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CHEM103: Organic Chemistry I

Unit 5: Alcohols   Alcohols are characterized by the presence of a hydroxyl group bound to a carbon (C-OH) in the molecular structure.  This is the first family of organic molecules with strong intramolecular forces (hydrogen bonds) you have encountered so far.  Most of the alcohols' physical properties are determined by these forces, such as their relatively high boiling point and high solubility in water.  Simple alcohols are produced in industrial quantities because they find applications in the food and beverage industry (ethanol), cosmetics (ethanol, and isopropanol), antifreezes and cooling systems (methanol), cleaning products, and, more recently, gasoline (where ethanol and butanol are used as additives).  In this unit, you will learn how to name and synthesize alcohols.  You will also read about alcohol’s most common reactions and learn how to use these reactions to convert alcohols into more valuable products. 

Unit 5 Time Advisory
This unit will take you 12.25 hours to complete.

☐    Subunit 5.1: 2.25 hours

☐    Subunit 5.2: 3 hours

☐    Subunit 5.3: 7 hours

☐    Sub-subunit 5.3.1: 1 hour

☐    Sub-subunit 5.3.2: 1 hour       

☐    Sub-subunit 5.3.3: 1 hour       

☐    Sub-subunit 5.3.4: 1 hour       

☐    Sub-subunit 5.3.5: 1 hour       

☐    Sub-subunit 5.3.6: 1 hour       

☐    Sub-subunit 5.3.7: 1 hour        

Unit5 Learning Outcomes
Upon successful completion of this unit, the student will be able to:

  • Derive the name of an alcohol from its molecular structure, and derive the structure of an alcohol from its name.
  • Estimate the acidity of an alcohol from its structure.
  • Synthesize alcohols from starting materials.
  • Plan the conversion of alcohol into other chemical compounds using the appropriate reagents and reaction conditions.

5.1 Nomenclature   - Web Media: Khan Academy: Salman Khan’s “Alcohols” Link: Khan Academy: Salman Khan’s: “Alcohols” (HTML)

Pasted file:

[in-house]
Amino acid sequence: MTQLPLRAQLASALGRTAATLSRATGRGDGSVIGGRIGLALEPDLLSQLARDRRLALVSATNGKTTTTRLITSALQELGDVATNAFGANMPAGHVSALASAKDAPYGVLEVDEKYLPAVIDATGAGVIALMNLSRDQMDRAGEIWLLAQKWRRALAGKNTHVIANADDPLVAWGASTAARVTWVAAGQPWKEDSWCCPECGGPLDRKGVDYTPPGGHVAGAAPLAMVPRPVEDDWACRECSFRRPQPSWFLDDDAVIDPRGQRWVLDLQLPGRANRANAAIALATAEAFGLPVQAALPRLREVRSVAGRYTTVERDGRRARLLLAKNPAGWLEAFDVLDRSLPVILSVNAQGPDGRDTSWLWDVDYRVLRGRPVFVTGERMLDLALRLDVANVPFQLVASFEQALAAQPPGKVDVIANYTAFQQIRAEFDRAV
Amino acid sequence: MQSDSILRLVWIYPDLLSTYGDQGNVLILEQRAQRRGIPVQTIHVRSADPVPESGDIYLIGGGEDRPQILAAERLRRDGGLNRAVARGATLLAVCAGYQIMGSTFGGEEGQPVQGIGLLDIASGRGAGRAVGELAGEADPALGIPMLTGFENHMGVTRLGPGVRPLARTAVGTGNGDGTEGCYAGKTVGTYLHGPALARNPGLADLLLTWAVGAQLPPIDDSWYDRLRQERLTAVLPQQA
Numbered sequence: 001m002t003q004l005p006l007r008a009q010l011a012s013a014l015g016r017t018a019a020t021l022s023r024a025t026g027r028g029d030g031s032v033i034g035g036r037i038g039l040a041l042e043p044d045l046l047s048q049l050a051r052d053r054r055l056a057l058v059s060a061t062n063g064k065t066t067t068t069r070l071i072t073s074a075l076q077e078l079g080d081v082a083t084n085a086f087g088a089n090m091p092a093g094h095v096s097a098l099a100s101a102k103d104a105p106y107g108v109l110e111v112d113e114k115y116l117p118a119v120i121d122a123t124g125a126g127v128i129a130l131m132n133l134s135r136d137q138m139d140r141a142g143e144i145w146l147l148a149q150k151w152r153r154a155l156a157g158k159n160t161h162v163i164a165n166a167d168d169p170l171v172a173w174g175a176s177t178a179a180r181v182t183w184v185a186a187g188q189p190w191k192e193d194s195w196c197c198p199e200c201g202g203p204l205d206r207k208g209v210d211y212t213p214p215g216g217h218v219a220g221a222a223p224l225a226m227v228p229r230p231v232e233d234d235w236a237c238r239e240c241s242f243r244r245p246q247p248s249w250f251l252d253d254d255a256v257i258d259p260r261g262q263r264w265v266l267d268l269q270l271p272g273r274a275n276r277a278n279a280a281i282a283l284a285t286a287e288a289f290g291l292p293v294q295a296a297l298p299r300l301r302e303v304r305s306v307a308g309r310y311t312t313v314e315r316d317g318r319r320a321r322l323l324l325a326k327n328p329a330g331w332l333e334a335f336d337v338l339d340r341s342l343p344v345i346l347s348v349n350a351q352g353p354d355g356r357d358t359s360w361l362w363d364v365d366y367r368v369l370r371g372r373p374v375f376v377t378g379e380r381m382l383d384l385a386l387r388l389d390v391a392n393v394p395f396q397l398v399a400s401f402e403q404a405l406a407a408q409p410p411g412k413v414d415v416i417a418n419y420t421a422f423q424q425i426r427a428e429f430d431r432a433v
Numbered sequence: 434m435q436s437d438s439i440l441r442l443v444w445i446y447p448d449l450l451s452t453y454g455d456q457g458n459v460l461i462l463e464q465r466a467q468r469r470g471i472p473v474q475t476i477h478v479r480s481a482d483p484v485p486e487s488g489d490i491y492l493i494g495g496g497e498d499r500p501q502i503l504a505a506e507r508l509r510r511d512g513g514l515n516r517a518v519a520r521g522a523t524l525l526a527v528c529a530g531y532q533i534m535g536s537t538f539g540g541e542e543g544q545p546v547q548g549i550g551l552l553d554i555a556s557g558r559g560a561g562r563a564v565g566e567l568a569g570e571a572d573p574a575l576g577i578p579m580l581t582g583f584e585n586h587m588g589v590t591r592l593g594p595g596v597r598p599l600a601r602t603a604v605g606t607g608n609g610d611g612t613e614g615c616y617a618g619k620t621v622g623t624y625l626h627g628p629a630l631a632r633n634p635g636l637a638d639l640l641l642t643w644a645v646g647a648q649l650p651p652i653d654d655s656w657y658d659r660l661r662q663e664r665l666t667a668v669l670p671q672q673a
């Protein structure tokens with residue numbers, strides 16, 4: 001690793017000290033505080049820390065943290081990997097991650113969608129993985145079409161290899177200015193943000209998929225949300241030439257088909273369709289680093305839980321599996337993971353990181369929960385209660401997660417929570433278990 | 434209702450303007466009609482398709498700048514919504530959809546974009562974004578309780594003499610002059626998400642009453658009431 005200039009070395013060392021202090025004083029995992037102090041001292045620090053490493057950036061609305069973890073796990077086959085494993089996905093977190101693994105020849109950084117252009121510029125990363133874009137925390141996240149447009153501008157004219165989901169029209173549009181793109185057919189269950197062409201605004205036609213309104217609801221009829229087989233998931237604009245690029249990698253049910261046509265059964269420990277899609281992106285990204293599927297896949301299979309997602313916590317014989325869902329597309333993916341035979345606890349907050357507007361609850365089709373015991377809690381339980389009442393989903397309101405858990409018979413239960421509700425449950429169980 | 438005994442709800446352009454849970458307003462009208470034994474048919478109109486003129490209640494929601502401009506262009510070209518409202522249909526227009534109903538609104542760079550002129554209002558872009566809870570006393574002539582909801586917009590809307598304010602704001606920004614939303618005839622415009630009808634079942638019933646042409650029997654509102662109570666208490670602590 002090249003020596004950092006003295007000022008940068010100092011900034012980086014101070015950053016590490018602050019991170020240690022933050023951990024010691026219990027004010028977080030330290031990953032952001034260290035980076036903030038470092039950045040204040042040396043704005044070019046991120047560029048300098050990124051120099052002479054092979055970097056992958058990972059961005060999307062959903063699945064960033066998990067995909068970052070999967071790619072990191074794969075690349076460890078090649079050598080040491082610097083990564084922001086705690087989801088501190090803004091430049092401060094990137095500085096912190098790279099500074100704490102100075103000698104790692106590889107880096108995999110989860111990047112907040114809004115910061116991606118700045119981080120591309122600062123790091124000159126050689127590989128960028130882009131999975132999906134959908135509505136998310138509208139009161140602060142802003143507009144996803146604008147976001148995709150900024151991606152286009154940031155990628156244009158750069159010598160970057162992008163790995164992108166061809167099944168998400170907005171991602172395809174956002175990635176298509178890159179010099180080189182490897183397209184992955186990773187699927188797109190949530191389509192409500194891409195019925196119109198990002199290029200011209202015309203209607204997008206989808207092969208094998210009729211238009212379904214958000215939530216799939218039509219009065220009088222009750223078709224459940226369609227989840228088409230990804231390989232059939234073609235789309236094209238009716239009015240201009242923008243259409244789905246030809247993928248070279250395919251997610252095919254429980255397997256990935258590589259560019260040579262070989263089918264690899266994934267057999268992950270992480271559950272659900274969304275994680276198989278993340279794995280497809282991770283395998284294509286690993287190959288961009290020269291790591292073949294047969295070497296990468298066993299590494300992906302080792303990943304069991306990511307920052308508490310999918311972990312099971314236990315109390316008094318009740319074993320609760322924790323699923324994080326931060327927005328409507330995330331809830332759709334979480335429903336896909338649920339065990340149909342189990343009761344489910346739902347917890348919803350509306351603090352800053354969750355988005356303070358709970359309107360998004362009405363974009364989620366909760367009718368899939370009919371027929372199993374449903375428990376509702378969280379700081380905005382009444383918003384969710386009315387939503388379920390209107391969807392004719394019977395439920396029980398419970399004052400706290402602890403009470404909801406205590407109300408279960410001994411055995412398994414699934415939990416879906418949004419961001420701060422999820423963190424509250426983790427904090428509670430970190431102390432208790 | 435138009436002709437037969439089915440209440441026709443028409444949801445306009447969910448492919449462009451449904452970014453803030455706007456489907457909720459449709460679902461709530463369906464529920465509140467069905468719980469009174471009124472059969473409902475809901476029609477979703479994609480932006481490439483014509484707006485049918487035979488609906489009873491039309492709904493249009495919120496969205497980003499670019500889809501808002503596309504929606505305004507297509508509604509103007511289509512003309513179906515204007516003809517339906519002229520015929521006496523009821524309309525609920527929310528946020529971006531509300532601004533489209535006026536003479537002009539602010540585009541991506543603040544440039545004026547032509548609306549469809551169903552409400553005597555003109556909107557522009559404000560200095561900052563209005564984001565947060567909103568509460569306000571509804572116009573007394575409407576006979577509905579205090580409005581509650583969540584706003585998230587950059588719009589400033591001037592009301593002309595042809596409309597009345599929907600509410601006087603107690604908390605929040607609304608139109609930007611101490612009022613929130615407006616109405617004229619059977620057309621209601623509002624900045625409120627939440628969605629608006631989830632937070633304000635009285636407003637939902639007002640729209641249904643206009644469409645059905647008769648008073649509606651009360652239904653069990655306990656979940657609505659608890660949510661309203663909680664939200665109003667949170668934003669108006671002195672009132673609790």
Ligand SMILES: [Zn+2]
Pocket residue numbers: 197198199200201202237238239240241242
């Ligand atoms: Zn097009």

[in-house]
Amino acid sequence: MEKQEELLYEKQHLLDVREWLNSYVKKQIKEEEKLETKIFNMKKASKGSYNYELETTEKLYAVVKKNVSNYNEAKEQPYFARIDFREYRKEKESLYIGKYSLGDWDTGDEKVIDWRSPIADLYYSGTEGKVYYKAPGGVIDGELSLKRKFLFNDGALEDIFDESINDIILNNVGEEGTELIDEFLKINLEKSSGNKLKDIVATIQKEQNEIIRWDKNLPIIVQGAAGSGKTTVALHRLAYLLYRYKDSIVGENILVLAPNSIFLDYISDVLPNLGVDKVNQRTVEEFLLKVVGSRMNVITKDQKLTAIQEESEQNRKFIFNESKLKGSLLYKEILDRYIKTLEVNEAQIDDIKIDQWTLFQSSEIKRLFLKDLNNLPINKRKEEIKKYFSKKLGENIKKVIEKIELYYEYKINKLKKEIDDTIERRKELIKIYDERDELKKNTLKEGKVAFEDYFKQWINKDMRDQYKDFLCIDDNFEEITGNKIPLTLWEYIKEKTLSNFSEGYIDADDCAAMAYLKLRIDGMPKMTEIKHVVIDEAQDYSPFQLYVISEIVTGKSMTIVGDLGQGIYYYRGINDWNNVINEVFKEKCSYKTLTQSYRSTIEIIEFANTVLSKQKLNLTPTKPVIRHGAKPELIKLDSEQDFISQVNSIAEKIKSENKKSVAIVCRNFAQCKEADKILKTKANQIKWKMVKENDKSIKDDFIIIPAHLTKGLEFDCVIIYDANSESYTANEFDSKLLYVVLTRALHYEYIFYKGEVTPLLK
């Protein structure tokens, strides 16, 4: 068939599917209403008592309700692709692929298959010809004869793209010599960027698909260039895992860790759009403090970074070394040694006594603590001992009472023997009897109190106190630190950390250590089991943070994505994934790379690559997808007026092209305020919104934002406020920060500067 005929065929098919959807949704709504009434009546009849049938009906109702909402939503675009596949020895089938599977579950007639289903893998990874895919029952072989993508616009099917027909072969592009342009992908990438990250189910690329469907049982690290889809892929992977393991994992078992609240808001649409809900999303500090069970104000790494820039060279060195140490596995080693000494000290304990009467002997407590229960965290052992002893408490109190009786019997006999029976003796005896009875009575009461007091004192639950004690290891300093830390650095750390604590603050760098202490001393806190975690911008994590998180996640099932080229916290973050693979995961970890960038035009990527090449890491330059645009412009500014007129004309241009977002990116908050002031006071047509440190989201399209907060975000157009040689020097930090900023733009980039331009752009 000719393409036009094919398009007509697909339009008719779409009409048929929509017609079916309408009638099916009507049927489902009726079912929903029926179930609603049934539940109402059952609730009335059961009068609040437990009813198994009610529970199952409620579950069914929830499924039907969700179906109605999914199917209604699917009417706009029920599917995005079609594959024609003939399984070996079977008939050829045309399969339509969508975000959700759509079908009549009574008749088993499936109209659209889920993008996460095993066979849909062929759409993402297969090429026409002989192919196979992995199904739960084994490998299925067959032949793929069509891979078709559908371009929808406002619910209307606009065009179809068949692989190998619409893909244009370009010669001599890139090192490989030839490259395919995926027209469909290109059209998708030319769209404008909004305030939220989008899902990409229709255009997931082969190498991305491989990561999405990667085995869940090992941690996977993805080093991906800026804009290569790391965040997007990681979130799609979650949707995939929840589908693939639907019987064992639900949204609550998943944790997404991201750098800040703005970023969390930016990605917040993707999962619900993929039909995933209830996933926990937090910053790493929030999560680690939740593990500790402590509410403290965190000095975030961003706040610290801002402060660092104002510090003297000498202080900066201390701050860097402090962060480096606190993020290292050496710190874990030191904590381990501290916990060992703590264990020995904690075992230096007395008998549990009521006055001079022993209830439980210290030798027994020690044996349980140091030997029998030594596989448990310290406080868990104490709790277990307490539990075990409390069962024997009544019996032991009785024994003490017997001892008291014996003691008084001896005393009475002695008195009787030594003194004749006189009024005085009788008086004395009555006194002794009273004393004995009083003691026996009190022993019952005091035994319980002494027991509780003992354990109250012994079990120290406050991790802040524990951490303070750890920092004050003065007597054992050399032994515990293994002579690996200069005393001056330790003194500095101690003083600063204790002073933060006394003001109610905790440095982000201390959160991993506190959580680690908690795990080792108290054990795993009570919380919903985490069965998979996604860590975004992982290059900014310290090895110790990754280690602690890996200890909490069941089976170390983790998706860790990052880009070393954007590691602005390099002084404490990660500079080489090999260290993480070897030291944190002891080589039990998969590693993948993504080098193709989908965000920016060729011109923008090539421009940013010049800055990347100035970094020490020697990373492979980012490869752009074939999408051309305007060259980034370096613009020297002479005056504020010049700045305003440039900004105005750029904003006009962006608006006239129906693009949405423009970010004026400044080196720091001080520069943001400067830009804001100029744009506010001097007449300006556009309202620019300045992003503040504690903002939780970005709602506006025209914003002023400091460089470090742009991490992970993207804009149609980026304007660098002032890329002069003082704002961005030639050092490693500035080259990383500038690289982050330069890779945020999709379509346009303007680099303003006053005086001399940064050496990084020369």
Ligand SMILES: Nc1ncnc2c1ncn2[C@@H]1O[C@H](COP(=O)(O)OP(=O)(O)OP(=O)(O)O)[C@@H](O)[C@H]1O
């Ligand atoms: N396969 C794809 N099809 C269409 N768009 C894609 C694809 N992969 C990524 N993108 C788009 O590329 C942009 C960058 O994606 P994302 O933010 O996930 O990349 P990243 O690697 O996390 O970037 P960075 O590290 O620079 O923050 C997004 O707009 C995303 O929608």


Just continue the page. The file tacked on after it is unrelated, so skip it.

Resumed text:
Instructions: Please watch the video to reinforce material covered in the reading (6:50 minutes).  

 Terms of Use: This resource is licensed under a [Creative Commons
Attribution-NonCommercial-NoDerivs 3.0 Unported
License](http://creativecommons.org/licenses/by-nc-nd/3.0/). It is
attributed to the Khan Academy.
  • Reading: Michigan State University: Professor William Reusch’s Virtual Textbook of Organic Chemistry: “Alcohol Nomenclature" Link: Michigan State University: Professor William Reusch’s Virtual Textbook of Organic Chemistry: "Alcohol Nomenclature" (HTML)
     
    Instructions: Read the section titled "Alcohol Nomenclature."
     
    Terms of Use: Please respect the copyright and terms of use displayed on the webpage(s) above. 

  • Web Media: YouTube: Freelanceteacher’s “Tutorial on Alcohol Nomenclature” Link: YouTube: Freelanceteacher’s “Tutorial on Alcohol Nomenclature" (YouTube)
     
    Instructions: Watch this video lecture in its entirety (10:46 minutes).
     
    Terms of Use: Please respect the copyright and terms of use displayed on the webpage(s) above.

5.2 Acidity of Alcohol   - Reading: Michigan State University: Professor William Reusch’s Virtual Textbook of Organic Chemistry: “Reactions of Alcohol" Link: Michigan State University: Professor William Reusch’s Virtual Textbook of Organic Chemistry: “Reactions of Alcohol" (HTML)